Emergency Crew History Remembered: Current crew donates $25,000 to help with future museum

By: Adrienne Wallace | Email: Click Here
Posted: February 2, 2020 | 12:30 p.m. 

PRINCE GEORGE – It’s a history worth preserving and though much of it still exists, the Prince George Emergency Crew is aware that tradition could one day be lost.

To help preserve it, the volunteer crew donate $25,000 to the Prince George Heritage Center for the development of the Prince George Volunteer Fire and Emergency Crew museum.

That big check, literally large in size, was presented to the Historical Society board members inside the old courthouse in the museum.

Prince George emergency crew Capt. Norman MacArthur presented the check with several others including Will Robertson the deputy chief along with some charter members of the crew that started 50 years ago.

Crew President Kathy Petik said between three of the members, including her husband Andy Petik, Brenda Skalsky and Ed Harvanek  150 years of crew history was represented. While that presence is strong today, MacArthur, says they realize it may not last forever.

“Our history started 50 years ago, and we care deeply that this will be part of the museum,” he said. “We realize that someday this history could be what is left of our organization.”

It was more than 50 years ago when a group of citizens decided that relying on funeral homes or neighboring cities’ rescue squads to supply ambulance services for county residents was no longer going to work, and 22 men started off the crew with commitment and dedication even before there was land, a building or transportation equipment.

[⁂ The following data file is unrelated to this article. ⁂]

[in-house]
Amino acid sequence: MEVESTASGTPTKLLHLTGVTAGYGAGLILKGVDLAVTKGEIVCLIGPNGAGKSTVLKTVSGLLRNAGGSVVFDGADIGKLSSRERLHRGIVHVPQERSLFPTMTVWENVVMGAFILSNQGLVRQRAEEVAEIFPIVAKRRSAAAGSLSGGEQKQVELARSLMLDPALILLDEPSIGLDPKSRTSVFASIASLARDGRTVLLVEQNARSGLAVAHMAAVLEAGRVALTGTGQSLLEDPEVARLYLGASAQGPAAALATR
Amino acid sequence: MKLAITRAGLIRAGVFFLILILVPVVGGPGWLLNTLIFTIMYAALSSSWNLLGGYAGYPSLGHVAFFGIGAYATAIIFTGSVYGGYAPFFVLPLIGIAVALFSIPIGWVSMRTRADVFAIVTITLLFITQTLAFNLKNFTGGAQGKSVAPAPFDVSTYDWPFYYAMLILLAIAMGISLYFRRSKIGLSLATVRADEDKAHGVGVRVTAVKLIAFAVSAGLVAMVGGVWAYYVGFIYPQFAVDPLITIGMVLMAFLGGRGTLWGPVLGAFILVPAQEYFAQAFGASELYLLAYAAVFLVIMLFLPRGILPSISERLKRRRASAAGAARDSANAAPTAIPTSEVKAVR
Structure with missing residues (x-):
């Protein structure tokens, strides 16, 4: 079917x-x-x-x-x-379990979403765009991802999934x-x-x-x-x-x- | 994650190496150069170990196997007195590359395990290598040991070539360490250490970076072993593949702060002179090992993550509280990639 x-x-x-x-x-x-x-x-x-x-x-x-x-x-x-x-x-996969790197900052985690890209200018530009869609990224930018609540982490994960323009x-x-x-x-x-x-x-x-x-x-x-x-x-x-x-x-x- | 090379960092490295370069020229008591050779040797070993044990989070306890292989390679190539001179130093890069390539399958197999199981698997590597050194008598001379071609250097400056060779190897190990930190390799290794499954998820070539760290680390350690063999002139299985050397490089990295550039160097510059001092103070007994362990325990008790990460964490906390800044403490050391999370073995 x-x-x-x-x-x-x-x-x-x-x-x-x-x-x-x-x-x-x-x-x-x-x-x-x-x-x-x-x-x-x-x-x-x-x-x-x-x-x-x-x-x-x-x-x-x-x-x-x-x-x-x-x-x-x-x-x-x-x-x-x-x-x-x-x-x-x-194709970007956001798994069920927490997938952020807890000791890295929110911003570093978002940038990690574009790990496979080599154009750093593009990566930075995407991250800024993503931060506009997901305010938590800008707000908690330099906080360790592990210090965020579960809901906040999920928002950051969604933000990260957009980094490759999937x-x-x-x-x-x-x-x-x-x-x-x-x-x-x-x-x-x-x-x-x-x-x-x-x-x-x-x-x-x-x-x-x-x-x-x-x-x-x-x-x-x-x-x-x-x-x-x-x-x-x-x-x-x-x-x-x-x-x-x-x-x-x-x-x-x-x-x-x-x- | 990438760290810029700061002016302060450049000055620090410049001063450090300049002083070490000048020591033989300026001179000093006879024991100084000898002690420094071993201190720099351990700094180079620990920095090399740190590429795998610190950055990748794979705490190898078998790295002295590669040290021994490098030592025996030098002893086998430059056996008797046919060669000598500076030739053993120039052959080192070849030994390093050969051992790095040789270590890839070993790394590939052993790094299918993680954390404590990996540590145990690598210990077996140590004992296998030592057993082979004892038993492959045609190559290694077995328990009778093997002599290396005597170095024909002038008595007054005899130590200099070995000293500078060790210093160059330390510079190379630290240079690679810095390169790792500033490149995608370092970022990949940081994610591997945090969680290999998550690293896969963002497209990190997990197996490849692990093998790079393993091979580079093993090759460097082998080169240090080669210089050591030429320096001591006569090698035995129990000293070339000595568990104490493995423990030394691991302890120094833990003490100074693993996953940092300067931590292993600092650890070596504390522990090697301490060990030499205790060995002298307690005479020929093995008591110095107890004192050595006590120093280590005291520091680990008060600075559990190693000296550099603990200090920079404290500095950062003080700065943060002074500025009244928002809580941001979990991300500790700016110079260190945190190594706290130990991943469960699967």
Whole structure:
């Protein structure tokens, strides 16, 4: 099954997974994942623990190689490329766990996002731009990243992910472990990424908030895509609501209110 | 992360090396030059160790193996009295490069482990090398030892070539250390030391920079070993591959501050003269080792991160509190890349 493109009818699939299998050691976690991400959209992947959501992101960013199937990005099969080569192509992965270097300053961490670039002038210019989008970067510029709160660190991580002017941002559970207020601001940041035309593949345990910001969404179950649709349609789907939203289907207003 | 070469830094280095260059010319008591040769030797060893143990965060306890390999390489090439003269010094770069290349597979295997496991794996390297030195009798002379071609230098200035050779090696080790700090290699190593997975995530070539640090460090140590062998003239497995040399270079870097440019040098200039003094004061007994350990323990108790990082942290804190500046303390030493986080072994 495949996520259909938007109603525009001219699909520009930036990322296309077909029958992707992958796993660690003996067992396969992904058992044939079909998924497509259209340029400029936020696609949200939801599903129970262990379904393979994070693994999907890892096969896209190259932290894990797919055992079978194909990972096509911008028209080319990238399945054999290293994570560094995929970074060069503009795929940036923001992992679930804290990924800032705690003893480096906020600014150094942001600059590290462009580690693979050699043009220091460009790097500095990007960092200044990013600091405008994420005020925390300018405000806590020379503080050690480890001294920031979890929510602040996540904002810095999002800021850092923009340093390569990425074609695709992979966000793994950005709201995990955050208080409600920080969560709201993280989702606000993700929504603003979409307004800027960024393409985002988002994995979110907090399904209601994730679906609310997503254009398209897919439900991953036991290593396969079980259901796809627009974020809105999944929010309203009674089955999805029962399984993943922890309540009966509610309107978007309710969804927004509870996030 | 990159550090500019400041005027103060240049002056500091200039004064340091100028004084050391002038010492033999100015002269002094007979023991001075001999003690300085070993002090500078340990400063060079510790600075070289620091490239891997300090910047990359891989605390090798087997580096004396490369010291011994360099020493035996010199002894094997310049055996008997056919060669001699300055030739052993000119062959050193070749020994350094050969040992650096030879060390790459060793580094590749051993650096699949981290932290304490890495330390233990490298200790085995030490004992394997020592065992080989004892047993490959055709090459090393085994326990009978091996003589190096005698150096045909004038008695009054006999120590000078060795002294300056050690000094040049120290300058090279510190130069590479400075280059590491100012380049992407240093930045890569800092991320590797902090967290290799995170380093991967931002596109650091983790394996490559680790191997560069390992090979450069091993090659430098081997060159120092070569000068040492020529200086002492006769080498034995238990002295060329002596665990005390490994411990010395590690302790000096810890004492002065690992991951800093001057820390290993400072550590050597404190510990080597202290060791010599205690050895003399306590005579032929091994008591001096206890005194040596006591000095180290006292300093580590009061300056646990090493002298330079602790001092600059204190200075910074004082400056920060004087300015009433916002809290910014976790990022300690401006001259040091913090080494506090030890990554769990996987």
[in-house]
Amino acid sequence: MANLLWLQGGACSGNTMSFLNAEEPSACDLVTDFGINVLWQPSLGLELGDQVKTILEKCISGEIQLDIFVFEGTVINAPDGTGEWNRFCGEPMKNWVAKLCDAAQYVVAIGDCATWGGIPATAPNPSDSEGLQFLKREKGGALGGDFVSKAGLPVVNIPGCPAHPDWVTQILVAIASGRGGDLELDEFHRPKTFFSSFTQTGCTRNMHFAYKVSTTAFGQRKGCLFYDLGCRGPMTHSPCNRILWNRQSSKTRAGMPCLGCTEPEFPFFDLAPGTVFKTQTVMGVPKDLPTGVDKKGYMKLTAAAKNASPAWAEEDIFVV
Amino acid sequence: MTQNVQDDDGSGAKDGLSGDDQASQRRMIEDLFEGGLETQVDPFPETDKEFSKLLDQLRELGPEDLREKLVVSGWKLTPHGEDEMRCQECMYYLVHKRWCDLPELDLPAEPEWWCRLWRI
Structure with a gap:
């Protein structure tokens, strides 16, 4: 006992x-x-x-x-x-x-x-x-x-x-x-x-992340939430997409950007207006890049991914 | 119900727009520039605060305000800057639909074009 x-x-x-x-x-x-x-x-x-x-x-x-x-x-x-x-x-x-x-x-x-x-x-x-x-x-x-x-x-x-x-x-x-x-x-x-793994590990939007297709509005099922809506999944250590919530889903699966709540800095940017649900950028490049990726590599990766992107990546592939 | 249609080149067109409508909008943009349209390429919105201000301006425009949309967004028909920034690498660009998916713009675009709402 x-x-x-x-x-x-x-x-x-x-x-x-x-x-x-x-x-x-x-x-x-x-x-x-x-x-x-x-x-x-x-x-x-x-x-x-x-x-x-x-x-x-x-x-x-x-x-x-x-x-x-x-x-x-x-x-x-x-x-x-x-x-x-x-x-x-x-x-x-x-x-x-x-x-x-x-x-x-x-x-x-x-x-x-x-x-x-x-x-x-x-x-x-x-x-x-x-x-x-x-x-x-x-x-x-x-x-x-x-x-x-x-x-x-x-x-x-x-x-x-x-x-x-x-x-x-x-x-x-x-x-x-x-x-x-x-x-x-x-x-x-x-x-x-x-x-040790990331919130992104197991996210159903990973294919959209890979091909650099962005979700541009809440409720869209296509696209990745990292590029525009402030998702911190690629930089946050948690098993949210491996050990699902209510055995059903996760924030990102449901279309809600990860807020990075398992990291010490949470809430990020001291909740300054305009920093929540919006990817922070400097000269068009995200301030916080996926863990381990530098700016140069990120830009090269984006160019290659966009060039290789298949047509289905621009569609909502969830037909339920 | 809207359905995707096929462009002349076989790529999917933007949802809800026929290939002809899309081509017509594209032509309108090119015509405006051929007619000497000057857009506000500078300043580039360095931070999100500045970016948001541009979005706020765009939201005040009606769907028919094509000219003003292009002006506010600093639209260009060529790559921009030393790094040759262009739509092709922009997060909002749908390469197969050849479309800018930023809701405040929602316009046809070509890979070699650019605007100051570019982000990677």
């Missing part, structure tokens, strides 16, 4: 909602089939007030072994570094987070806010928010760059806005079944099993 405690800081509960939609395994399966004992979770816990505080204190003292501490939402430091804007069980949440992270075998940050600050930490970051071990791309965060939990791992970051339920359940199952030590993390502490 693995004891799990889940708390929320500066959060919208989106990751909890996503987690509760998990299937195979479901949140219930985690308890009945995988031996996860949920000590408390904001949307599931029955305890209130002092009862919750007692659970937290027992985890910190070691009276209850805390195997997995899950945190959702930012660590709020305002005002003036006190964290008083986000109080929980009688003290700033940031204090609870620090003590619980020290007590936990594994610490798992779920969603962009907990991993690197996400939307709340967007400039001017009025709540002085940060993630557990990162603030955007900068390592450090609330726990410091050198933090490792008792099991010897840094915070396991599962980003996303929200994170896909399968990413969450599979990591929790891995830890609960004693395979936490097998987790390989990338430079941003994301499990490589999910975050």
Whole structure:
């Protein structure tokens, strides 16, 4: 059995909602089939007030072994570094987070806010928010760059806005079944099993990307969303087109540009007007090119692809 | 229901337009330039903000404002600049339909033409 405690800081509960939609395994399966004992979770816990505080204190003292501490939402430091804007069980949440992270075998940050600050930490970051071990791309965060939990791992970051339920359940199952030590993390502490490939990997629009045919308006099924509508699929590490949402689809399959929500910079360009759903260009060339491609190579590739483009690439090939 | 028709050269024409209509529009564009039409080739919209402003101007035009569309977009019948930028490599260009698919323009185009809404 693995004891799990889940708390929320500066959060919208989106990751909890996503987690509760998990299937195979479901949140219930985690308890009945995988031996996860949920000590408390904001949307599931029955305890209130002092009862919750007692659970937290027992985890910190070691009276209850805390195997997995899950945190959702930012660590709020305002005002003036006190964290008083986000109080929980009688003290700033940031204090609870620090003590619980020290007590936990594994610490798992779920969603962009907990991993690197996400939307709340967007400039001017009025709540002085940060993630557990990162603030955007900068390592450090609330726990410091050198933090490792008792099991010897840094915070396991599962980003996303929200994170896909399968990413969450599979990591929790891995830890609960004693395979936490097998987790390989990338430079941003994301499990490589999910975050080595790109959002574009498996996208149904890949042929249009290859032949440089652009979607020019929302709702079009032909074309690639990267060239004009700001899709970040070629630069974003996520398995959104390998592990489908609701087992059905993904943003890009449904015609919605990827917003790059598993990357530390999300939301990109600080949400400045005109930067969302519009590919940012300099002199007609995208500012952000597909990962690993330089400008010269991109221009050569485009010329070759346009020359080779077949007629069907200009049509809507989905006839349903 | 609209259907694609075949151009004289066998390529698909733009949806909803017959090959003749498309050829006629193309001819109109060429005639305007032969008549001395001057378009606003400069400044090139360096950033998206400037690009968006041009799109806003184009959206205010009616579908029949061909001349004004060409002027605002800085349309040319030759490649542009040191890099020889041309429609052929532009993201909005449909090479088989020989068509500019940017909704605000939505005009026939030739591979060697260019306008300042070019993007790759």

With declining volunteer numbers and an increase in paid EMS personnel, there is a chance, current crew members admit, their future may rest in the hands of museum curators who help tell their story now and for years to come.

Museum executive director Carol Bowman said she was surprised by the amount of the check through the presentation that was formally set up.

When asked if she expected that much, Bowman’s eyes widened and she passionately said, “no,” especially from a non-profit. “We don’t normally receive donations in this amount. You just can’t imagine what this means – It puts us on a whole different plane.”

“What a way to start the year,” Historical Society member Ann Easterling said as those gathered last week cheered following the donation.

“This will cement the history of the organization – how we got where we are today,” MacArthur said of the decision to provide such a large donation. With that, the crew plans to donate other items it’s kept for decades, including old equipment, newspaper articles, and photographs. 

This money will go a long way to moving forward with the museum that will be housed in the old jail which served as the first county fire station. The crew’s history also has roots in the county’s complex area. Those early volunteers used a call tree that began when the siren alerted from the old Sebras. The crew operated out of the former jail building when the men slept on canvas cots, and when a call came in, “the dispatcher in the next room came in and shook us by the shoulder and said, ‘Hey, you’ve got a call,’ ” Andy Petik recalled.